I am trying to scale down the US insolvency to see if I can agree. An NPV liability in the order of 4 GDPs is assumed to make the US government(?) insolvent.
I earn 100 000 a year. I have agreed to pay an allowance to my ex-wife of 25 000 a year for all eternity. To never think about this again, I could deposit 500 000 at fixed 5% interest and let her have the interest directly. I consider the NPV of my liability to be 500 000 -five times my income.
It will be tough to handle this liability, but I do not consider myself insolvent.
in sol vent
not solvent; unable to satisfy creditors or discharge liabilities, either because liabilities exceed assets or because of inability to pay debts as they mature.
I’m not an accountant, but I’ll take a stab at this. Create a balance sheet. Add up everything you own (assets) and subtract everything you owe (liabilities). If you owe more than you own your net worth is negative. But, if your income is adequate to service your debt payments you are still solvent. When you can’t make the payments, through lack of income, or assets to sell, you become in-solvent and declare bankruptcy to discharge the debts.
Banks are held to a higher standard. If their net worth drops below about 7% they are supposed to be dissolved by the regulators if they can’t correct the situation reasonably soon. Unless they have the unfair advantage of being “too big to fail”.
The federal government is a law unto itself and can do whatever it wants as long as it can borrow more money, even if this means its friends at the Federal Reserve bank are creating the money out of thin air to buy US bonds.
I hope this helps until someone more knowledgeable comes along.
Thanks for your reply.
My approach was that Chris seems to consider the US government insolvent simply because it has liabilities exceeding 4 GDPs. He did not show us that its income is inadequate to service its debt payments.
You are correct technically, but in other writings Chris, and others, have shown that the US Government is clearly insolvent by any realistic assessment. At this point it is living off its credit cards. It can still make current payments, but it is too deep in the hole to ever pay them back in dollars of comparable value. The likely outcome is that it will inflate and devalue the dollar so bonds will be technically “paid”, but the holders will find the money worth less, or worthless, compared to what they loaned the Gov. A sovereign government makes the rules so it can always manipulate and change them in its favor.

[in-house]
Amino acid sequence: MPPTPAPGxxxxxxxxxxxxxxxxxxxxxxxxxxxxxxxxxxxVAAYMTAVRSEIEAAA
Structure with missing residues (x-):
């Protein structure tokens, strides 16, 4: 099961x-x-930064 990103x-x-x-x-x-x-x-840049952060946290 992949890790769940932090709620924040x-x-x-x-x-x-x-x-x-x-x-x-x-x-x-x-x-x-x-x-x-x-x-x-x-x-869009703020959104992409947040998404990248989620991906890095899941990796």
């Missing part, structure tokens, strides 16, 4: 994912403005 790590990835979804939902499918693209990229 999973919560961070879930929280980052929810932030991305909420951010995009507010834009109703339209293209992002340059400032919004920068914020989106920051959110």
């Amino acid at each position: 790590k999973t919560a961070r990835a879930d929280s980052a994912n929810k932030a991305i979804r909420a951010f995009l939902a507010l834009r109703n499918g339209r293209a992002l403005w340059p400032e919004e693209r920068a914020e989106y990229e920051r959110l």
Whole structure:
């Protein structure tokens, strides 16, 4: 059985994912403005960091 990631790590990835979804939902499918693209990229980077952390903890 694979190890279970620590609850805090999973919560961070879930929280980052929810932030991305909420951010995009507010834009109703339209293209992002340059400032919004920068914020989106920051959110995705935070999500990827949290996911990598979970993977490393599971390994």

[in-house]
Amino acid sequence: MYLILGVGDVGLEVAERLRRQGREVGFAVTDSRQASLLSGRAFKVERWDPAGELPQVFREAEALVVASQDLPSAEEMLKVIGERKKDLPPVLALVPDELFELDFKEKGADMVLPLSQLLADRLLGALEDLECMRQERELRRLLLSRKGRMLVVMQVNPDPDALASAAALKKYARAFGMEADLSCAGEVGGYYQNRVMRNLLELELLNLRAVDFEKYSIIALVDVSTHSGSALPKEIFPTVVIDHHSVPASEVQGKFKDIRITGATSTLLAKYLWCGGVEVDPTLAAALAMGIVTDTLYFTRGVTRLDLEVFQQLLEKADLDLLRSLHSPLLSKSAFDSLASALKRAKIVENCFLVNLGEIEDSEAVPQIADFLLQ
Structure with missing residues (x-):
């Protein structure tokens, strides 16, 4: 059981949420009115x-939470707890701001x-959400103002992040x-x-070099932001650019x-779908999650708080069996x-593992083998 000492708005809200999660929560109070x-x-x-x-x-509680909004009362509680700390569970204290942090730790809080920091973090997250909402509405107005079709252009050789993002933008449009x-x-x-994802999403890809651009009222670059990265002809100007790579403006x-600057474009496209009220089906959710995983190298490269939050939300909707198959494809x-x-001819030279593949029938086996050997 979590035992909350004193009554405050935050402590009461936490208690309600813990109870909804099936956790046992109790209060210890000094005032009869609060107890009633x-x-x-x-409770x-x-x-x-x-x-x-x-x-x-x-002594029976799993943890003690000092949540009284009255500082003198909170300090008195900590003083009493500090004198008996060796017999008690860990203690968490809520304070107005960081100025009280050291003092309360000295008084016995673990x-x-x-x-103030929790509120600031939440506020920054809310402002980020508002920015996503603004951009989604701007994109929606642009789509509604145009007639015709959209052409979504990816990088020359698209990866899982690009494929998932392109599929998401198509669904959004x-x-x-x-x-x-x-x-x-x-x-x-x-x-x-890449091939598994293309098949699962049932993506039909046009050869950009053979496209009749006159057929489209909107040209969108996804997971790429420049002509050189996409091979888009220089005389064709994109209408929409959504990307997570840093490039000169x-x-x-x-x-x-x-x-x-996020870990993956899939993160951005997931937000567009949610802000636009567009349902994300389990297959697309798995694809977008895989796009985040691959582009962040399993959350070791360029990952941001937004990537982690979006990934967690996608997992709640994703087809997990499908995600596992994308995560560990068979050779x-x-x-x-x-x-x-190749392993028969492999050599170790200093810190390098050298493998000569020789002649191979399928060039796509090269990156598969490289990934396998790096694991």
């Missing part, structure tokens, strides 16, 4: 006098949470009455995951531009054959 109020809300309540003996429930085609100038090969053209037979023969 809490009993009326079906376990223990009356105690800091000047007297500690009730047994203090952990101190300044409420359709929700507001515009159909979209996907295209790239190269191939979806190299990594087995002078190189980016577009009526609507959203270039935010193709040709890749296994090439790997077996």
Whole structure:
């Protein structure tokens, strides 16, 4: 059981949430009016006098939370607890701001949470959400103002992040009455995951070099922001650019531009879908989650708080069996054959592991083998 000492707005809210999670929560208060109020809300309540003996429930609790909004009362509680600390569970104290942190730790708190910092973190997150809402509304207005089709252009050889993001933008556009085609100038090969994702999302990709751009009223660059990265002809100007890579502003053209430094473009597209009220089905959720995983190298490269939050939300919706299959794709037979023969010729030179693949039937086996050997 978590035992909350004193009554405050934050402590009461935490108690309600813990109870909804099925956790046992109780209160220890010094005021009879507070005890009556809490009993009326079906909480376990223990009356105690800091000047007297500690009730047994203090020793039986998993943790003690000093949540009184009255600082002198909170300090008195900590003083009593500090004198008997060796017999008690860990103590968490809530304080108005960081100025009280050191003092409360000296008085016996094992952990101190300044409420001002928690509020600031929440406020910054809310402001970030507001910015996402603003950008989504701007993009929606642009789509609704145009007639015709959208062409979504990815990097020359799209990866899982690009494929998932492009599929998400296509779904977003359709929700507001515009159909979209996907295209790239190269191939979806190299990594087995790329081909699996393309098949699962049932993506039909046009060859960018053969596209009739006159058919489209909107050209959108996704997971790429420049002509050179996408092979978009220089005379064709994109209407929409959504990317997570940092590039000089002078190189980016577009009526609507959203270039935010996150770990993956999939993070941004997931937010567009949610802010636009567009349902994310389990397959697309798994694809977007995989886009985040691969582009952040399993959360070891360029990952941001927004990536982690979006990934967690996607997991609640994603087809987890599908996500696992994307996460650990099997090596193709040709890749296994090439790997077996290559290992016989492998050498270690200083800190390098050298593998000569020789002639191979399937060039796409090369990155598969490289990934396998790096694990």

GDP in the US is about $14 Trillion per year. The US Government deficit (the amount it “officially” borrows in one year) is over 10% of that! The “official” debt (total of all unpaid deficits) is now over $14 Trillion. The Federal Government is borrowing over 40% of what it spends every year. It can only do that because the Federal Reserve Bank is buying a huge amount of the US Government bonds at artificially low interest rates, since not enough other parties will buy them. At real market interest rates the debt payments would consume the budget..
Using generally accepted accounting principals (GAAP), as businesses are legally required to do, the real government liabilities are estimated from $80 - 200 Trillion. This includes Social Security, and Medicare. The Gov taxed us to pay for them, spent the money in the trust funds, and will not be able to pay the benefits it promised in dollars of comparable value. It will have to default on these obligations, so realistically it is insolvent.
The video I.O.U.S.A does an excellent job of explaining this and is available from Netflex. http://movies.netflix.com/WiMovie/I.O.U.S.A./70084134?trkid=2361637
Ditto for this article by Laurence Kotikoff. http://www.bloomberg.com/news/2010-08-11/u-s-is-bankrupt-and-we-don-t-even-know-commentary-by-laurence-kotlikoff.html
Here is a formal report that explains the problem in more detail. http://budgetreform.org/sites/default/files/Red_Ink_Rising.pdf
The Bank for International Settlements shows the same pattern in nations world wide. http://www.bis.org/publ/work300.pdf?noframes=1
Chris explains this all clearly in past articles and in his book. Many other observers have confirmed what Chris says. The evidence is overwhelming if you study it.
Hope this helps. I’ll be back online Monday.
The evidence is overwhelming if you study it.
I read Kotlikoff and I leafed through BIS, and also, finally, finished the Crash Course.
To me, the evidence is overwhelming that the market (i.e. people and institutions with loads os money) believes that most western governments, including the US', will sort this out somehow. Otherwise we should have seen a marked increase in the interest rate on long term government bonds.
A very important point made by BIS is that one solution to future government liabilities is to raise retirement age. This is definiteliy quite a political challenge, but it is viable.
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